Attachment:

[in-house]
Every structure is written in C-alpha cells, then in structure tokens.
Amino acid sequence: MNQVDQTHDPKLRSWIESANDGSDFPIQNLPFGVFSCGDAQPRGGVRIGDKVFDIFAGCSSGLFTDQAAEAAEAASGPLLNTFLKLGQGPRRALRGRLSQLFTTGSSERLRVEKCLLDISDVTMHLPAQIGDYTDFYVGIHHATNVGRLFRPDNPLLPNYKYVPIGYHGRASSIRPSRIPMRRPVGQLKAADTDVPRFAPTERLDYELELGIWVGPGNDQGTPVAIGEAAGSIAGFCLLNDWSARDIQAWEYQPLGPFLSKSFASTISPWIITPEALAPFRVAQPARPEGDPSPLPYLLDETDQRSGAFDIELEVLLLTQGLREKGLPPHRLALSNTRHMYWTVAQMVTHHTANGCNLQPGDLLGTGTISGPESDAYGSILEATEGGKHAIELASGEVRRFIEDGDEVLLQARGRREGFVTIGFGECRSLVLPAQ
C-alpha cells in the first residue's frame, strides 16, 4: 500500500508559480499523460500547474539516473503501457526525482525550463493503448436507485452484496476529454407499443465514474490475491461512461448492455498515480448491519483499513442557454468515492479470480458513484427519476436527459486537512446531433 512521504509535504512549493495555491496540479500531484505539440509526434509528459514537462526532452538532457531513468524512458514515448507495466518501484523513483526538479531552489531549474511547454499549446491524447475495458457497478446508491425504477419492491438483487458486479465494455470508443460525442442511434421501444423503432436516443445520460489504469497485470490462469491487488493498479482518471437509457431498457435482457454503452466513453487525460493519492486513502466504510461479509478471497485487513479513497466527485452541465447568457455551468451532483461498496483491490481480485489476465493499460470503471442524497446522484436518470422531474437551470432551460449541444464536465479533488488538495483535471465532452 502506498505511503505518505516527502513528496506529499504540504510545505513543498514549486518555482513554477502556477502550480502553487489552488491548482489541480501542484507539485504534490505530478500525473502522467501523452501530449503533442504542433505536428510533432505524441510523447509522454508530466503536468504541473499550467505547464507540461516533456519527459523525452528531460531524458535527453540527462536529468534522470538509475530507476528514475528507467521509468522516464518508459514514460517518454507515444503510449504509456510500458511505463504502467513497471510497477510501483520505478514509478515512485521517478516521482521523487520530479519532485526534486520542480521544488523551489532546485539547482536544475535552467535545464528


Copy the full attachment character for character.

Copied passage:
[in-house]
Every structure is written in C-alpha cells, then in structure tokens.
Amino acid sequence: MNQVDQTHDPKLRSWIESANDGSDFPIQNLPFGVFSCGDAQPRGGVRIGDKVFDIFAGCSSGLFTDQAAEAAEAASGPLLNTFLKLGQGPRRALRGRLSQLFTTGSSERLRVEKCLLDISDVTMHLPAQIGDYTDFYVGIHHATNVGRLFRPDNPLLPNYKYVPIGYHGRASSIRPSRIPMRRPVGQLKAADTDVPRFAPTERLDYELELGIWVGPGNDQGTPVAIGEAAGSIAGFCLLNDWSARDIQAWEYQPLGPFLSKSFASTISPWIITPEALAPFRVAQPARPEGDPSPLPYLLDETDQRSGAFDIELEVLLLTQGLREKGLPPHRLALSNTRHMYWTVAQMVTHHTANGCNLQPGDLLGTGTISGPESDAYGSILEATEGGKHAIELASGEVRRFIEDGDEVLLQARGRREGFVTIGFGECRSLVLPAQ
C-alpha cells in the first residue's frame, strides 16, 4: 500500500508559480499523460500547474539516473503501457526525482525550463493503448436507485452484496476529454407499443465514474490475491461512461448492455498515480448491519483499513442557454468515492479470480458513484427519476436527459486537512446531433 512521504509535504512549493495555491496540479500531484505539440509526434509528459514537462526532452538532457531513468524512458514515448507495466518501484523513483526538479531552489531549474511547454499549446491524447475495458457497478446508491425504477419492491438483487458486479465494455470508443460525442442511434421501444423503432436516443445520460489504469497485470490462469491487488493498479482518471437509457431498457435482457454503452466513453487525460493519492486513502466504510461479509478471497485487513479513497466527485452541465447568457455551468451532483461498496483491490481480485489476465493499460470503471442524497446522484436518470422531474437551470432551460449541444464536465479533488488538495483535471465532452 502506498505511503505518505516527502513528496506529499504540504510545505513543498514549486518555482513554477502556477502550480502553487489552488491548482489541480501542484507539485504534490505530478500525473502522467501523452501530449503533442504542433505536428510533432505524441510523447509522454508530466503536468504541473499550467505547464507540461516533456519527459523525452528531460531524458535527453540527462536529468534522470538509475530507476528514475528507467521509468522516464518508459514514460517518454507515444503510449504509456510500458511505463504502467513497471510497477510501483520505478514509478515512485521517478516521482521523487520530479519532485526534486520542480521544488523551489532546485539547482536544475535552467535545464528